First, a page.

25 March 2014

Good Enough for Dr. Goodenough: Pitt's first speech in the House of Commons

On 26th of February 1781, William Pitt made his first speech in the House of Commons in support of Edmund Burke's bill for the regulation of the civil list. He was still only 21 years old. Dr. Goodenough (later Bishop of Carlisle) wrote to the Reverend Edward Wilson, Pitt's childhood tutor, the next day to relay the happy event:

"I cannot resist the natural Impulse of giving pleasure by telling you & Mrs. Wilson that the famous Wiliam Pitt who made so capital a figure in the last Reign [a reference to Pitt's father, the 1st Lord Chatham] is happily restor'd to this Country. He made his first Publick Appearance in the Senate last night. All the old members [of the House of Commons] recognis'd him instantly, & most of the Young Ones said he appear'd the very man they had so often heard describ'd. The language, the manner, the gesture, the action were the same, & there wanted only a few wrinkles in the face, & some Marks of Age, to identify the absolute Person of the late Earl of Chatham." [1]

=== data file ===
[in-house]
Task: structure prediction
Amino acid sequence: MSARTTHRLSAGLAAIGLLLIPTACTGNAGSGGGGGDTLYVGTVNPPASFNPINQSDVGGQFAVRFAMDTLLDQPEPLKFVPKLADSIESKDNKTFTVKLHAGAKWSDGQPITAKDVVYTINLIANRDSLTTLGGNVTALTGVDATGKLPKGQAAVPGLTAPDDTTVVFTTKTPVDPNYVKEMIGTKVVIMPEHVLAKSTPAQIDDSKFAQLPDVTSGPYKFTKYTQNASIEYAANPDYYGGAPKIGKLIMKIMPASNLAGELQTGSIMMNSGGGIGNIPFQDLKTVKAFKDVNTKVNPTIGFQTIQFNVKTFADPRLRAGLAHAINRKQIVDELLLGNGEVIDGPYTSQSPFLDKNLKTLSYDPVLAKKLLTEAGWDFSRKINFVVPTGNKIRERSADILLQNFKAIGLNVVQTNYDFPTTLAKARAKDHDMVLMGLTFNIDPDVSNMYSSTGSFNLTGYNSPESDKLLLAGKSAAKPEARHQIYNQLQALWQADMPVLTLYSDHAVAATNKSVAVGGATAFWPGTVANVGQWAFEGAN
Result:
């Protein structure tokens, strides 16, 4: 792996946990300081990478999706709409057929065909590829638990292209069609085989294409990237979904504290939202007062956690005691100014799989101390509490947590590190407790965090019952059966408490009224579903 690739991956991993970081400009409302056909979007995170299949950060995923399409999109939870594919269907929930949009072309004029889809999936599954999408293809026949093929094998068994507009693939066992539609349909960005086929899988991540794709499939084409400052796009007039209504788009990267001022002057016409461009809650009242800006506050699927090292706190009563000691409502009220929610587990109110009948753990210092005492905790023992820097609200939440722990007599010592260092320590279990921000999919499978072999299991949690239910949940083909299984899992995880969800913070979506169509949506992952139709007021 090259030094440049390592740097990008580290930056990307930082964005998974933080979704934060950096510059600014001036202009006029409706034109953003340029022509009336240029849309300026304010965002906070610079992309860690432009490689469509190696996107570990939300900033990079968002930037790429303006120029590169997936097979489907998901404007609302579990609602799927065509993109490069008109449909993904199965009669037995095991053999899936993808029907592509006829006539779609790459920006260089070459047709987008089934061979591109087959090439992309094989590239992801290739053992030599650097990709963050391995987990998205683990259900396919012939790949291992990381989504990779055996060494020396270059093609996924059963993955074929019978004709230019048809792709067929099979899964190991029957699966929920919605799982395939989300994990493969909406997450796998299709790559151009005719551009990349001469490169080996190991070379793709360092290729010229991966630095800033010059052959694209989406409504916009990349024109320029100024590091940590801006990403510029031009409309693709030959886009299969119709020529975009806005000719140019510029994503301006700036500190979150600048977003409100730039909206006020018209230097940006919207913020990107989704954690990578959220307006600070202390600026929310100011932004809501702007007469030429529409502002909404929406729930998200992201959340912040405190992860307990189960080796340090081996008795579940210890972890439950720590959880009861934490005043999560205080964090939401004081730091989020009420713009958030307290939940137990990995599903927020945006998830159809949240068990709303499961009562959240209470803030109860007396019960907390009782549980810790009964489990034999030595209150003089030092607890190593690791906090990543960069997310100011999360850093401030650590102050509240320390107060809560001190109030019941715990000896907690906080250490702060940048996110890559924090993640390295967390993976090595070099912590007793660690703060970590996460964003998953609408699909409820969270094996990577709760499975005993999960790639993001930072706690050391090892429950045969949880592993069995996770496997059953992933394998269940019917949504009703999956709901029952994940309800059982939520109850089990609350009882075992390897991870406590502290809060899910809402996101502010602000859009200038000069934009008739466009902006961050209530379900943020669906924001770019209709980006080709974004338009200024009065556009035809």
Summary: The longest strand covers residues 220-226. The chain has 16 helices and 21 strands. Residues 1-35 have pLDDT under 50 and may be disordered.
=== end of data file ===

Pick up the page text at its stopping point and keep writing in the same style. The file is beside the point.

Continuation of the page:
Reverend Wilson later passed on Dr. Goodenough's letter to Dr. Anthony Addington, Lord Chatham's former physician, and a copy of it remained in the Addington family. 

Excuse the pun, but if Pitt's maiden speech was good enough for Dr. Goodenough, it must have been something to see!


1. Dr. Goodenough to Rev. Edward Wilson, 27th February 1781. Sidmouth MSS, Devon Record Office: 152M/C1781/OZ/2.

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